Drugs: The big win that proves we lose

adl060213.001.003   Tony Mokbel leaves the Supreme court on his way to the County Court. Pic Andrew De La Rue The Age Melbourne. DIGICAM COURT Photo: Andrew De La Rue
adl060213.001.003 Tony Mokbel leaves the Supreme court on his way to the County Court. Pic Andrew De La Rue The Age Melbourne. DIGICAM COURT Photo: Andrew De La Rue

Eleven years ago this weekend, a fellow called Tony Mokbel wandered out of the South Melbourne police station after reporting on bail and disappeared, sparking a worldwide manhunt and one of Australia's biggest organised crime investigations.

It would involve Greek sailors, a bad wig and an inside man. And it led to cracking a sophisticated drug ring known as The Company, which had an estimated turnover of $400 million and was capable of corrupting police and ordering murders.

This is the story of how a small taskforce named Purana was able to show that no matter how big the syndicate, it remains vulnerable to a properly resourced investigation. It also shows that with the right backing and the ability to seize tainted assets, taskforces can actually enforce the law and make a profit.

But it is also a story that shows that no matter what police do, or how tough our politicians talk, we are doomed to lose the so-called war on drugs.

Mokbel is living (if captive) proof the profits are so vast and the market so big there will always be those prepared to run the risk of jail to make almost unimaginable fortunes.

The only real question is why are there so many gangsters so stupid they are prepared to shoot each other over turf wars when there is enough out there for everyone. It makes as much sense as squabbling over a car park space when you have just won the lottery.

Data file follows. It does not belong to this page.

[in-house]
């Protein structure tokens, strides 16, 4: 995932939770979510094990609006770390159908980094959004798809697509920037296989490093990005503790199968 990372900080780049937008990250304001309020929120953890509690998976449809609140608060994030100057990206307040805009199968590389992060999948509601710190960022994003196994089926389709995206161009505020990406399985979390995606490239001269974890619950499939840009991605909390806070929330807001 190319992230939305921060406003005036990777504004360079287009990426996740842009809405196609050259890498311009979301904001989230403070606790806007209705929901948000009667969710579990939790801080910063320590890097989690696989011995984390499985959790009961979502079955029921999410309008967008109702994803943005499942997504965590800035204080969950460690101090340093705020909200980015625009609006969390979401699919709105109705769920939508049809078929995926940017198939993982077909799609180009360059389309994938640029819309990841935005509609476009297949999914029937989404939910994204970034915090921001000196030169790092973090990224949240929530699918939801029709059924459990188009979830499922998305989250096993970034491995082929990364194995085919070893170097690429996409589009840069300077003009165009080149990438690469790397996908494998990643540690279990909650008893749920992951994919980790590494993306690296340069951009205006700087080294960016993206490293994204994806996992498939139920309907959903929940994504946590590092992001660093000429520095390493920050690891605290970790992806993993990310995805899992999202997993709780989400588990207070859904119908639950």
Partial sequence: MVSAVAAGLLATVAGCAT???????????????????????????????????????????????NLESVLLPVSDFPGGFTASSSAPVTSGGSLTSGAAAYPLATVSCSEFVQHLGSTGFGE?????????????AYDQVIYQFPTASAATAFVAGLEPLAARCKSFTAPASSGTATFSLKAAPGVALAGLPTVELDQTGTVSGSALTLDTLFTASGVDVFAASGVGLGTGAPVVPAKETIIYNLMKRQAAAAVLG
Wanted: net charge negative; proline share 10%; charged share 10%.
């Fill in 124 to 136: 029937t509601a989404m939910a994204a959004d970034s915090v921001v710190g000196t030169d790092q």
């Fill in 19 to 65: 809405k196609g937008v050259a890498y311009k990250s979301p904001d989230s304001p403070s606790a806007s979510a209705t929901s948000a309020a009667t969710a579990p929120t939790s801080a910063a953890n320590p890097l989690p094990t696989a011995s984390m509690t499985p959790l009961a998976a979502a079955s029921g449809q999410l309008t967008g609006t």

How Mokbel built a drug empire from the ground up shows that you don't need to be a criminal genius to be a crime boss and that police alone will never be the answer to a problem that is of our own making.

Mokbel, a battling student, left Moreland High School at the age of 15 to work as a dishwasher, a waiter and then a nightclub bouncer. In 1984, then aged just 19, he bought his first business - a modest Rosanna milk bar. For two years he and his future wife Carmel worked seven days a week before selling without making a profit.

In 1987, he bought a Boronia pizza parlour, the first of more than 20 apparently legitimate businesses he used to wash drug money.

He was able to grow at the time because police dismissed him as a lightweight, even writing in his criminal file that he "lacked financial acumen". Yet his wealth quickly exploded. In 1995 he had known assets of $128,000 - six years later he was worth $15 million.

A later psychological report found he was "semi-literate with a very limited degree of formal education". The truth is he was ambitious, imaginative, a quick learner and amoral. For him, it was just about supply and demand and he saw the demand for drugs was massive.

In 1997, a Mokbel drug lab worth a then record $78 million exploded in a Brunswick house. It was only a minor setback and within three years he had learnt to spread the risk.